Our writer tried backcountry skiing for the first time: here’s what you need to know
Special to the Daily
It was a gorgeous day for an adventure: the sky was blue and cloudless, there was new snow and I was finally trying out something that had been on my list for a while — backcountry skiing. The lure of earning my turns and avoiding the crowds at the resort was strong, but I didn’t want to go out unprepared. Snow Mountain Ranch in Granby offered the perfect solution: a one-day Intro to Backcountry class.
Backcountry skiing is booming. From uphill enthusiasts hiking before the lifts start turning to skiers and snowboarders taking to the high-mountain passes, more and more outdoor enthusiasts are embracing and exploring areas where you can ski all morning and not see another person. And while A/T skiers and splitboarders still compose only a fraction of the snow sports world in comparison to alpine skiing and snowboarding, according to Snowsports Industries America’s participation report, what was once a niche sport is rapidly gaining in popularity.
However, getting into the backcountry takes more than just a new gear setup. Recreating in the backcountry requires safety gear and the ability to use it correctly, as well as knowledge about snowpack, terrain and more.
“Snow Mountain Ranch started the backcountry program to give skiers another way to get outside,” said Bill Pierce, Nordic Center director at Snow Mountain Ranch. “AT skiing is another option in free-heeled skiing and Snow Mountain Ranch has ideal terrain for backcountry instruction.”
With 2,786 acres of backcountry terrain on the property, Snow Mountain Ranch has plenty of room to explore. The Intro to Backcountry A/T Skiing course is offered six times a year – the last class is on March 22 – and includes classroom instruction, rental equipment (skis, boots, poles and skins), safety equipment (including a beacon, shovel and probe) and lunch.
The morning was spent at Snow Mountain Ranch’s Nordic Center. Elliott Leslie, an avid backcountry skier who spends much of his time on Berthoud Pass, took our group of seven through the basic principles of backcountry.
The element that he stressed the most? Never let your guard down. Backcountry skiing is vastly different than skiing at a resort because the conditions aren’t monitored for you—there’s no avalanche mitigation out there. As a result, the only person responsible for your safety is you.
Though this class is just an overview, Leslie did include information on things like how to make good terrain choices, what makes an area of terrain prone to experiencing avalanches, the gear you should have (beacon, shovel and probe are the bare minimum) and basic avalanche safety. He also stressed that having just one person with backcountry training in a group is not enough: Everyone should be comfortable with the safety equipment and the entire group should agree on where you decide to ski.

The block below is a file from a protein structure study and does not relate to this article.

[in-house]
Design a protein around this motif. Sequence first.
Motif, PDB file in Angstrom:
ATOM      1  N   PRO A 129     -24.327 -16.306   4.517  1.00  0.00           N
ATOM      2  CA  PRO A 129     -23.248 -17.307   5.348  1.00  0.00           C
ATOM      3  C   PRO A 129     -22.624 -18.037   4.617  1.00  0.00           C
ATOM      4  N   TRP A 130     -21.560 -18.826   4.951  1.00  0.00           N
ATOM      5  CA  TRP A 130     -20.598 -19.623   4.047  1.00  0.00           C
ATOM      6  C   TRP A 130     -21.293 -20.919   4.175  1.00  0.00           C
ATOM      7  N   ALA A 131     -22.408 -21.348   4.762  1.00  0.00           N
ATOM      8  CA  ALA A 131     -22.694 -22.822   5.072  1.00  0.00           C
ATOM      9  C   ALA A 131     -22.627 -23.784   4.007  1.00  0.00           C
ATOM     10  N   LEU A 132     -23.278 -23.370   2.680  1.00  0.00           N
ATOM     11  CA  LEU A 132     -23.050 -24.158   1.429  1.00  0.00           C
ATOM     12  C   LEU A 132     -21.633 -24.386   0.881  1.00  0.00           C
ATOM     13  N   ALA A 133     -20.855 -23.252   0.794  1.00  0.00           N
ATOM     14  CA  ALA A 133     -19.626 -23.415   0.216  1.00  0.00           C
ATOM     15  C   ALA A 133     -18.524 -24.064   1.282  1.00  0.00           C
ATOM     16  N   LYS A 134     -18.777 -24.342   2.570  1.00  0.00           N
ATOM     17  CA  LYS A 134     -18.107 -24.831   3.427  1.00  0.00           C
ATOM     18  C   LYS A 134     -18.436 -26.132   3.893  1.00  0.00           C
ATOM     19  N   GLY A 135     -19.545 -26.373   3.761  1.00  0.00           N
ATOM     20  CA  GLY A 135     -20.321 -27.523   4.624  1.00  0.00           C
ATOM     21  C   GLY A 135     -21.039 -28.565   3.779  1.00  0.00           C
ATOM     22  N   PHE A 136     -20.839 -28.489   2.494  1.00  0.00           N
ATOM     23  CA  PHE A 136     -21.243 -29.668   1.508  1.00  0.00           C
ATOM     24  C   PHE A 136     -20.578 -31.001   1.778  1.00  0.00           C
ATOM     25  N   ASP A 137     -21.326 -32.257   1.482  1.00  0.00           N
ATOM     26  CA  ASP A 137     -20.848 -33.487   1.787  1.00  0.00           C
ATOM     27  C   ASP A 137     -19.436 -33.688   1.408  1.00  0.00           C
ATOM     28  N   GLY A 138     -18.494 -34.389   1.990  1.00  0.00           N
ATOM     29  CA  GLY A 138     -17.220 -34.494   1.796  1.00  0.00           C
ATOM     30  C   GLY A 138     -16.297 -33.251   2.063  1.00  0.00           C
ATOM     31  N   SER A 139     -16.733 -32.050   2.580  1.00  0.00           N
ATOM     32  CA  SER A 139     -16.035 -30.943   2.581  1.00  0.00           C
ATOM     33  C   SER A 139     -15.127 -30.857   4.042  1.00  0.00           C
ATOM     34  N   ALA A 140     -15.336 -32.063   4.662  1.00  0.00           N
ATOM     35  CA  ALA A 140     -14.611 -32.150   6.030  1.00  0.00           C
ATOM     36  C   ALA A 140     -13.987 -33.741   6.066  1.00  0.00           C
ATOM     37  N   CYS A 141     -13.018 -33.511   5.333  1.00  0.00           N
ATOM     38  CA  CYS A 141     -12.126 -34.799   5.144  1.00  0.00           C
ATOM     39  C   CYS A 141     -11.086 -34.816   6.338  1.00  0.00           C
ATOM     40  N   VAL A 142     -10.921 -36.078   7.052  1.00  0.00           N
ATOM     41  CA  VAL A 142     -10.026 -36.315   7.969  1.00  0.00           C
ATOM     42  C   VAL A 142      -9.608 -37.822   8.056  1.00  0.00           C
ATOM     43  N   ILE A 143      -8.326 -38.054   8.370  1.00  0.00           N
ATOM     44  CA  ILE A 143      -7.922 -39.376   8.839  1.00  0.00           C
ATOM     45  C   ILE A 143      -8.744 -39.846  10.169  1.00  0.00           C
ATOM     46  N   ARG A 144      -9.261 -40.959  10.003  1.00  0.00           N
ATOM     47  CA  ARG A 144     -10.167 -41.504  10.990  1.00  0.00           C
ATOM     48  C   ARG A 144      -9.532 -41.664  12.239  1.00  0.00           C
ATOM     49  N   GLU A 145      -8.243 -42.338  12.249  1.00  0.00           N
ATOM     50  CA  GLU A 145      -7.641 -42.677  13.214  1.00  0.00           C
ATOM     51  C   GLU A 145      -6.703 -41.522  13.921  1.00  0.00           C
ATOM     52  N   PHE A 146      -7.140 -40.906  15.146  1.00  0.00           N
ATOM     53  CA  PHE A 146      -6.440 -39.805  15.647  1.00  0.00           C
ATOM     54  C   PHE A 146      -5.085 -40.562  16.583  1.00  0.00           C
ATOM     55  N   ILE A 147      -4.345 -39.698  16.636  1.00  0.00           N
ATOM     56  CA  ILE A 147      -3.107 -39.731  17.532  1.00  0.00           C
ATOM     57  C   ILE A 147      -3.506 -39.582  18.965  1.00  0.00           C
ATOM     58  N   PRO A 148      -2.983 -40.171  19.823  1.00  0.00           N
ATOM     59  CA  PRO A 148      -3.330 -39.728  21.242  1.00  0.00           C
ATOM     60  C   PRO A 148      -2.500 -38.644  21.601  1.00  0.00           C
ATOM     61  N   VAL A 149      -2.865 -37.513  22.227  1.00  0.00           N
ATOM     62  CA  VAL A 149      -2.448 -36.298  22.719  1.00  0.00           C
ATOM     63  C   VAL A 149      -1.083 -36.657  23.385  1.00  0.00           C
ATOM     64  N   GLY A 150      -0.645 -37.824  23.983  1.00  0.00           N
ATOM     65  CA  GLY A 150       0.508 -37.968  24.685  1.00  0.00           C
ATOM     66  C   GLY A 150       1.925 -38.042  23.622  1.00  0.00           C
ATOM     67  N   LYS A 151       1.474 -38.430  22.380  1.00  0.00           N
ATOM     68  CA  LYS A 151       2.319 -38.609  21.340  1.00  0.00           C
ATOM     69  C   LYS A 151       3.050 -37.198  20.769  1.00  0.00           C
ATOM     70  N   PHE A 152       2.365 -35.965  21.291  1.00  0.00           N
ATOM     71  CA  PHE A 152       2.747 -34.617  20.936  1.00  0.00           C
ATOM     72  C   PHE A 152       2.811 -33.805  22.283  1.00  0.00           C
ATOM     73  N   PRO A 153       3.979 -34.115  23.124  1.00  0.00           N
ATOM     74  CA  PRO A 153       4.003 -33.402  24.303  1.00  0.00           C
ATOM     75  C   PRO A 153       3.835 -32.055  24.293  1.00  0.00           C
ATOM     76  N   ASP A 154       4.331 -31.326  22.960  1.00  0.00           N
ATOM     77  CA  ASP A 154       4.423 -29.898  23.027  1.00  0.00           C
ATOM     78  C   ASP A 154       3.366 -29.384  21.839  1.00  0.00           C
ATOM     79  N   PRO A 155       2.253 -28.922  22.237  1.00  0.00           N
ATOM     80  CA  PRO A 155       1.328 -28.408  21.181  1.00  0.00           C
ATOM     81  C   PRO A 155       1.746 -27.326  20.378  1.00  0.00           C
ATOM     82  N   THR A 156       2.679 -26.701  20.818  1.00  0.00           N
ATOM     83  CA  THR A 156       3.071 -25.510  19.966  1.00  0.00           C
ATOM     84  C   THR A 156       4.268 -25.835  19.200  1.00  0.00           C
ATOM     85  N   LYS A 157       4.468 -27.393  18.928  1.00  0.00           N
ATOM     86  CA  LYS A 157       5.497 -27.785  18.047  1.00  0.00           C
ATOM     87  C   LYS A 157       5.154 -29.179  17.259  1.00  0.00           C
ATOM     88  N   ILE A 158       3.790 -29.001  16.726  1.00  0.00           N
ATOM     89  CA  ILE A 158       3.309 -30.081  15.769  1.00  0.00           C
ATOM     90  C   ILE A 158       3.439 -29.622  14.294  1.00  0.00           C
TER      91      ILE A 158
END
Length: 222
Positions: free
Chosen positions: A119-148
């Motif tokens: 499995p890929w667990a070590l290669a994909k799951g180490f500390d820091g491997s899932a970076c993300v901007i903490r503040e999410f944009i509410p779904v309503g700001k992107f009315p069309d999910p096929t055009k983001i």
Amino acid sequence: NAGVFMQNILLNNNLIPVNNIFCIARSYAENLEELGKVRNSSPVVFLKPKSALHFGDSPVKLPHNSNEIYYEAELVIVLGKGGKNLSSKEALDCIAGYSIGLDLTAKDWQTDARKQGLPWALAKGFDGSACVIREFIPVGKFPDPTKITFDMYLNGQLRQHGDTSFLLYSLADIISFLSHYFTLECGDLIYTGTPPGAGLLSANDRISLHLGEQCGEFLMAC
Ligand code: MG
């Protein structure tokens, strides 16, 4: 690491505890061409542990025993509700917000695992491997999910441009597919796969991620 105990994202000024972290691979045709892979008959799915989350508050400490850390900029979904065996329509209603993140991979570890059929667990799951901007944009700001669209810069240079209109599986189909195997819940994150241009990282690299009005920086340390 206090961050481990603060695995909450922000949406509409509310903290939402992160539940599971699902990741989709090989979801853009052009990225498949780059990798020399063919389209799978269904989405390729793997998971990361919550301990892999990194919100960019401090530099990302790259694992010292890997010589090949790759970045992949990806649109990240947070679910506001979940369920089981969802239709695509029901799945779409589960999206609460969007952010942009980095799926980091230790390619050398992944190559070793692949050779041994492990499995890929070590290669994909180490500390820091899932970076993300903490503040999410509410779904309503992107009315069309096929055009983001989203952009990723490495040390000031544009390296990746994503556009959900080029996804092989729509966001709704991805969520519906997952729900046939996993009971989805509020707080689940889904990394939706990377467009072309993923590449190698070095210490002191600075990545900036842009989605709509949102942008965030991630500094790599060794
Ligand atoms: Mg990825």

After lunch, it was time to put our newfound knowledge to the test. We headed to Nine Mile Mountain, which is on Snow Mountain Ranch’s property. We attached the skins to the skis, tested our beacon batteries and double-checked our packs. Then we started up the mountain. With the skins and special AT bindings, going uphill is fun. The skins keep you from sliding backwards and the bindings allow you to keep your heel free for better maneuverability. We quickly shed layers (another important part of backcountry includes dressing properly) and soon we were treated with great views, wide-open spaces and no other humans.
Leslie simulated a beach search and rescue. Yes, the beacons work, but it’s not as easy as just following a beep. Instead, there’s some hunting and poking with the probe and finding the beacon is more challenging than it may appear. Clearly, practice is essential. You can set up your own practice area with friends or keep an eye out for “beacon basin” opportunities where the organizers hide the beacons and allow you to practice your skills.
After the uphill, it was time to enjoy the snow. We found an open area with a safe pitch, removed our skins and switched the bindings to downhill. The snow was almost knee-deep and the thrill of making untracked turns at 2 p.m. with only a few other people was unbeatable. I understand how you can get hooked.
Opportunities for safely exploring the backcountry are expanding. For example: Bluebird Backcountry at Peak Ranch is a new venture that provides the comforts of a traditional ski area like gear rentals, ski patrol and a warming hut but doesn’t have any chairlifts. Instead, skiers ascend using marked, uphill skin tracks before descending. Educators and guides are on hand so skiers can learn about their backcountry equipment, avalanche safety and more.
Bluebird is operating on a limited season this year with a reservation system, but it’s another opportunity to learn about the backcountry in a safe environment. Other education options include Paragon Guides, which offers avalanche courses, and Apex Mountain School, which offers backcountry ski trips.
Testing my backcountry skills in a safe, guided environment was definitely the way to go. I realize that I need more education before I head out on my own, but let’s put it this way: There’s a splitboard I have my eye on.
If you go …
What: Snow Mountain Ranch Intro to Backcountry A/T Skiing
When: Sunday, March 22, 8:30 a.m. – 3 p.m.
Where: YMCA of the Rockies Snow Mountain Ranch, 1101 County Road 53, Granby
Cost: $149 per person
More information: This course is for ages 13 and older; participants should be comfortable skiing intermediate groomed runs. Visit snowmountainranch.org for more information.
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